The Hudson Motor Car Company, often called simply Hudson Motors, was founded in 1909. Joseph L. Hudson, owner of the renowned Detroit department store, was the primary investor in the company, created by eight individuals, including Roy Chapin and Howard Coffin, former employees at Olds Motor Works. In the first year, Hudson Motors sold 4,000 of their original four-cylinder models. This represented the highest number of first-year-sales of any car company to that point, and quickly earned Hudson respect in the American auto market.
Moving to a factory on the corner of Jefferson Avenue and Conner Street in 1910, Hudson Motors sought to differentiate itself from hundreds of other auto companies. By 1913 they released a signature new engine, the Super Six. This six-cylinder engine offered significantly more power than the four-cylinder configurations common at the time. It became the power plant used in most Hudson models through 1957 and led to the claim of “world’s largest manufacturer of six-cylinder cars.” The powerful Super Six distinguished itself in 1916, when Hudson automobiles broke records for the first two-way transcontinental trip and fastest climb to the top of Pike’s Peak.
The large engine and manufacturing quality were competitive gambles. Hudson was a medium-priced brand, costing more than Fords and Chevrolets, but less than luxury marques like Packard. Hudson successfully captured more market share in 1919 with the release of its Essex line, a cheaper variant of the Hudson body that began as a four-cylinder but changed to the Super Six by 1924. The popularity of Hudson and Essex grew throughout the 1920s, and production peaked in 1929 with 300,000 cars made that year. This ranked Hudson third among American manufacturers, but by comparison, that same year Ford sold 1.5 million vehicles and Chevrolet 1.3 million.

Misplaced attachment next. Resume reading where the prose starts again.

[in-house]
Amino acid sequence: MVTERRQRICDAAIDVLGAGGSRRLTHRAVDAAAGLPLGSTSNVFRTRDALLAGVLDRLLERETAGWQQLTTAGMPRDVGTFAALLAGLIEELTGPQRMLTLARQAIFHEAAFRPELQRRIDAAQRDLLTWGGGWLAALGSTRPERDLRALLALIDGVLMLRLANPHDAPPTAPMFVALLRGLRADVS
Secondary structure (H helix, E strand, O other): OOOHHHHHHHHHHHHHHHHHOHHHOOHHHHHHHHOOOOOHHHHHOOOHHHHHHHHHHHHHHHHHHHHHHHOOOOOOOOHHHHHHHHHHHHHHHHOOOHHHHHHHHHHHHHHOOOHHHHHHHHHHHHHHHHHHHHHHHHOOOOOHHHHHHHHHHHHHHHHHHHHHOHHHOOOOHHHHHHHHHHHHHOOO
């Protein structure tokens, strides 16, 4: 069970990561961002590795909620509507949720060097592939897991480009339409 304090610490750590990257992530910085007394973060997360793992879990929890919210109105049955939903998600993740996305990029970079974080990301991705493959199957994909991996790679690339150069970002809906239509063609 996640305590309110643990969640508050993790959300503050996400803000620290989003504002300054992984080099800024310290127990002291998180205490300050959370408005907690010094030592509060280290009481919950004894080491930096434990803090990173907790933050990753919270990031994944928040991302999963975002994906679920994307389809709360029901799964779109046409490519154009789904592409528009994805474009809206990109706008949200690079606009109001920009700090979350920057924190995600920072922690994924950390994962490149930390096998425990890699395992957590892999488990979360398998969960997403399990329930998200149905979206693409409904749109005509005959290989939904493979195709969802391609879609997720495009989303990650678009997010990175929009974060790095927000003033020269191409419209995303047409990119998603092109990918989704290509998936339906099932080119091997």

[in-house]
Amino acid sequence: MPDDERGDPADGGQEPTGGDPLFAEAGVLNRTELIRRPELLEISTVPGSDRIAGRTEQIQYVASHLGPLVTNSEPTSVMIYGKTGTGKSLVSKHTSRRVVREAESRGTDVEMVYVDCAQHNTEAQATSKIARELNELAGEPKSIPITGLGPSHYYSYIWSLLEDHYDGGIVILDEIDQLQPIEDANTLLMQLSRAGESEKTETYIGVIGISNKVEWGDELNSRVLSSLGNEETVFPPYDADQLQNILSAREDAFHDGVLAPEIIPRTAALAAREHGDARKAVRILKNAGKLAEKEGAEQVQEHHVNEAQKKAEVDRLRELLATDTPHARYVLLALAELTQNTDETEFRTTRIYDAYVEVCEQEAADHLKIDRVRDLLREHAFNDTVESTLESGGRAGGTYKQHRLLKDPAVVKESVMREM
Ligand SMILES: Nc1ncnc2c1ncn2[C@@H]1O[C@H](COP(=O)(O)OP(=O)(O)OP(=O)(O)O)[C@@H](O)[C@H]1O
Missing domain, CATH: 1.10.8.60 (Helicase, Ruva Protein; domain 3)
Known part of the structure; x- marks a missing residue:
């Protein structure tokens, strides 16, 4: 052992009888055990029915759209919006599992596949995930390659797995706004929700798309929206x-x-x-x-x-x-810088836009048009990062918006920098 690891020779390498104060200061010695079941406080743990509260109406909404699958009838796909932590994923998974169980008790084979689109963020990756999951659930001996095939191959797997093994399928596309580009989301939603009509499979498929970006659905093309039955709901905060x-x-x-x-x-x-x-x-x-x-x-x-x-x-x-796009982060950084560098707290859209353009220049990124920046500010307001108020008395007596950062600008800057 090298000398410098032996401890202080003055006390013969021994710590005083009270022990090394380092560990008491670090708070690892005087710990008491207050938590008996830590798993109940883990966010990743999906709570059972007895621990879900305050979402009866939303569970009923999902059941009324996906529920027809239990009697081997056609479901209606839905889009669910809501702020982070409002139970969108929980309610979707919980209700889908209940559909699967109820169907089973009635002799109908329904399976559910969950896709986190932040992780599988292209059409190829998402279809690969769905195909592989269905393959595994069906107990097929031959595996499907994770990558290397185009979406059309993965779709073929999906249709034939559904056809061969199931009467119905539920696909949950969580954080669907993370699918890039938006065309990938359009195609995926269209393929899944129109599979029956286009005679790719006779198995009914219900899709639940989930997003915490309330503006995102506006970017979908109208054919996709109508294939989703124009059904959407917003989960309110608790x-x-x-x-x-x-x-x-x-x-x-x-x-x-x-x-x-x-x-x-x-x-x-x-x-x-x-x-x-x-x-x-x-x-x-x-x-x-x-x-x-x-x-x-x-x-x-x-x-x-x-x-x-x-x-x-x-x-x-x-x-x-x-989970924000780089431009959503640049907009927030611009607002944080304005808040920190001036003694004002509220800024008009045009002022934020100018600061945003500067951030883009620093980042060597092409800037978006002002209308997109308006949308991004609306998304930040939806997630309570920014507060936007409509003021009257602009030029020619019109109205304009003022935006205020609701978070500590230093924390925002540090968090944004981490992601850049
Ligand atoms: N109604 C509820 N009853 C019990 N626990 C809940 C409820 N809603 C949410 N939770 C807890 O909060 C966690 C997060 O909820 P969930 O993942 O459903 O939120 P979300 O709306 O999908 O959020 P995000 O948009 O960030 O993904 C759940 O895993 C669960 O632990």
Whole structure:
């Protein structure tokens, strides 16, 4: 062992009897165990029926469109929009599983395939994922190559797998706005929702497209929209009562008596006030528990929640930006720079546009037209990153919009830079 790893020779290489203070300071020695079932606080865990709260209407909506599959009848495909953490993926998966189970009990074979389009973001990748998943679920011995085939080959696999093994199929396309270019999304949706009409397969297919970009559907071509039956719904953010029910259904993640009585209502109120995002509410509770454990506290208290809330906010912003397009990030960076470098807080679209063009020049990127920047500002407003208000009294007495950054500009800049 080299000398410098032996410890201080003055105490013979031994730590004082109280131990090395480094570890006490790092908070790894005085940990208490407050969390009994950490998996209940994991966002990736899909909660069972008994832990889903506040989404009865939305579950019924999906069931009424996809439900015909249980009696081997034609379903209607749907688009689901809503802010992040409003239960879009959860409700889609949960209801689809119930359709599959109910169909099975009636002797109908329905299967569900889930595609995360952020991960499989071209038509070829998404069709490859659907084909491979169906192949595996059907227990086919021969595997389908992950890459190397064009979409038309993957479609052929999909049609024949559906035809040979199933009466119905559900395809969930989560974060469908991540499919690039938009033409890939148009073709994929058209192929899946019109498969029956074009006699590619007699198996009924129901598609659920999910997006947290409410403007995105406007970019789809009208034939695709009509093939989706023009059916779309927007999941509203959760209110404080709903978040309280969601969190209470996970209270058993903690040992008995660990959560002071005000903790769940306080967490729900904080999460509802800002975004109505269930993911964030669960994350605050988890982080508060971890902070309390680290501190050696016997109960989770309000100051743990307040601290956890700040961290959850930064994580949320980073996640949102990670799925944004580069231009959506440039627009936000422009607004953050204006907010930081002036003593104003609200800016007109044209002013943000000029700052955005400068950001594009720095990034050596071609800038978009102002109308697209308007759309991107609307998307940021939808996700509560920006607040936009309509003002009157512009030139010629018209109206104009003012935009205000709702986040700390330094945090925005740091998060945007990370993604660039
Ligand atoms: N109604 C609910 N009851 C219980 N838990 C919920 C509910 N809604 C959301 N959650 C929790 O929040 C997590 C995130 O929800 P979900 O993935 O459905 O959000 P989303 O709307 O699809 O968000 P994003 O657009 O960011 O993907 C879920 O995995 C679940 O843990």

Slow decline came with the Great Depression, and Hudson Motors fought to innovate and adjust in the new market. It introduced the Electric Hand transmission in 1935, a revolutionary device that employed a button to shift gears instead of the usual stick shift, though it became notorious for operating incorrectly. In 1936 the company introduced a newly-developed independent front suspension called the “rhythmic ride.” After the death of Roy Chapin that same year, A.E. Barit was named president, having started at the company as a stenographer in 1910. Under Barit’s management Hudson was able to realize a small turn-around in profits, but ultimately continued to lose market share.
In 1954, Hudson Motor Car Company merged with Nash-Kelvinator Corporation resulting in the formation of American Motors Corporation, the biggest corporate company merger ever at the time. A small number of cars were released with the Hudson badge due to its continuing popularity and reputation for quality, but three years later the name was finally dropped by American Motors, marking the end of the Hudson brand of automobile